- ESL and BLAST announce changes to their scheduling for the upcoming fall events
- The changes were enacted with the explicit approval of teams and all parties involved
- As a result, the events will no longer conflict with the PGL Stockholm Major
Esports hosting organizations ESL and BLAST have announced changes to the scheduling of H2 2021 events, having held consultations with participating teams beforehand.
Changes to CS:GO Schedule to Benefit Community
ESL and BLAST will have to rejuggle the Counter-Strike: Global Offensive schedule in the second half of 2021 as the tournament organizers are facing some challenges to pull off events as originally planned an announcement read. The biggest shake-up seems to be coming for the ESL Pro League Season 14 which was supposed to start on September 8 and run through October 10. However, the date has now been moved to August 16 through September 12.
While the change is not ideal as most teams make arrangements months ahead for each event they are planning to attend, ESL has provided participating teams with sufficient time to react. The changes are cleverly elaborated so that the ESL Pro League, BLAST Premier, and IEM Fall can run subsequently guaranteeing massive Counter-Strike action for fans from August 16 through October 10.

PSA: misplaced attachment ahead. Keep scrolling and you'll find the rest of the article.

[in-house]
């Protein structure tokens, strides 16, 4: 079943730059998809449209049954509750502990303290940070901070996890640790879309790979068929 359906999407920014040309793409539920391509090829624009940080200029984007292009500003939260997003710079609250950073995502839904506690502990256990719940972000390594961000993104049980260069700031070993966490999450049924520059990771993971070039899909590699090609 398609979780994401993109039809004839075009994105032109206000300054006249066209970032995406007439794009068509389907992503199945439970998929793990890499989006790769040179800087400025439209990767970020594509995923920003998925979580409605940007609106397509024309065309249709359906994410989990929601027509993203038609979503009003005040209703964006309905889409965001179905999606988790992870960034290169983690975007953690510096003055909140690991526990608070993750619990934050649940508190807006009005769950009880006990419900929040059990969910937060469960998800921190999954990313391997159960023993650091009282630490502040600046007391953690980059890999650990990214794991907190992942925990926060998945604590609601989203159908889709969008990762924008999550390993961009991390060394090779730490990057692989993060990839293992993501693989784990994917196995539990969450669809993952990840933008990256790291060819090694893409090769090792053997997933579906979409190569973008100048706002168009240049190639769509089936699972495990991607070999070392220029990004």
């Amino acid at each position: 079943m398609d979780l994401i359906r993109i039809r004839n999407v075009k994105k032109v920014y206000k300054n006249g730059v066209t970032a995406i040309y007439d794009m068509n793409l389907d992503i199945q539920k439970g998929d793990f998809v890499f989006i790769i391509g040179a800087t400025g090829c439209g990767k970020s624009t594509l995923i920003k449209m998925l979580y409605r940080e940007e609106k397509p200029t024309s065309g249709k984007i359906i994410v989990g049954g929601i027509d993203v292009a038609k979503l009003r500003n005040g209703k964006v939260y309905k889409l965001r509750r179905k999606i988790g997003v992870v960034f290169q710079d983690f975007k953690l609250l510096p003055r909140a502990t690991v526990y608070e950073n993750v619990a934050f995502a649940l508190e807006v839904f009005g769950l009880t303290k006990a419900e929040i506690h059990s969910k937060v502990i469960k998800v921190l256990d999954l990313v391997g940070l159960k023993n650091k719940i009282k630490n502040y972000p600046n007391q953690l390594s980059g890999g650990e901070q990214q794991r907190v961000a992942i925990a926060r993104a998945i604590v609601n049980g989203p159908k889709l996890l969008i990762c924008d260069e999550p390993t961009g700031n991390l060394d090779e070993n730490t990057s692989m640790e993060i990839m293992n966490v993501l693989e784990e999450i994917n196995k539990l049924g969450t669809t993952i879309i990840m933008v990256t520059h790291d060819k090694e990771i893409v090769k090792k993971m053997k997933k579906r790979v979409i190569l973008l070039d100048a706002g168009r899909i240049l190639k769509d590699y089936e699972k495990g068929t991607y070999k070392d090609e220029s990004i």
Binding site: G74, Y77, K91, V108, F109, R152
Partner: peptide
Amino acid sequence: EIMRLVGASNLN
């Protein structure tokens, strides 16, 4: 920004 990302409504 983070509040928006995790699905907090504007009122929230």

The other change in the schedule concerns the BLAST Premier Fall Groups which are moving to September 16 through September 26 from previously August 26 through September 5. Last but not least, the IEM Fall will be played between September 28 through October 10.
The rejuggled schedule was necessitated due to scheduling clashes with PGL Stockholm Major, which will be taking place from October 23 through November 7. The companies behind the events wrote a joint statement in which they said that the changes were made to the ultimate benefit of the competitive community and not forcing fans to choose which event to watch.
Consulting Community Before Jumping the Gun
Another great show of initiative in the matter is the fact that neither BLAST nor ESL embarked on the changes without hearing from all organizations involved in the events, essentially allowing them to decide whether such scheduling change may happen in the first place.
The companies used the opportunity to announce that they are working on a range of initiatives designed to improve integrity policies, rulebooks and scheduling for the 2022 season. Touching even briefly on integrity is an interesting topic in the context of increasing match-fixing fraud in competitive video gaming.
Even the Federal Bureau of Investigation (FBI) is getting involved with understanding the way match-fixing works in esports, with esports betting now estimated to be worth at least $17 billion.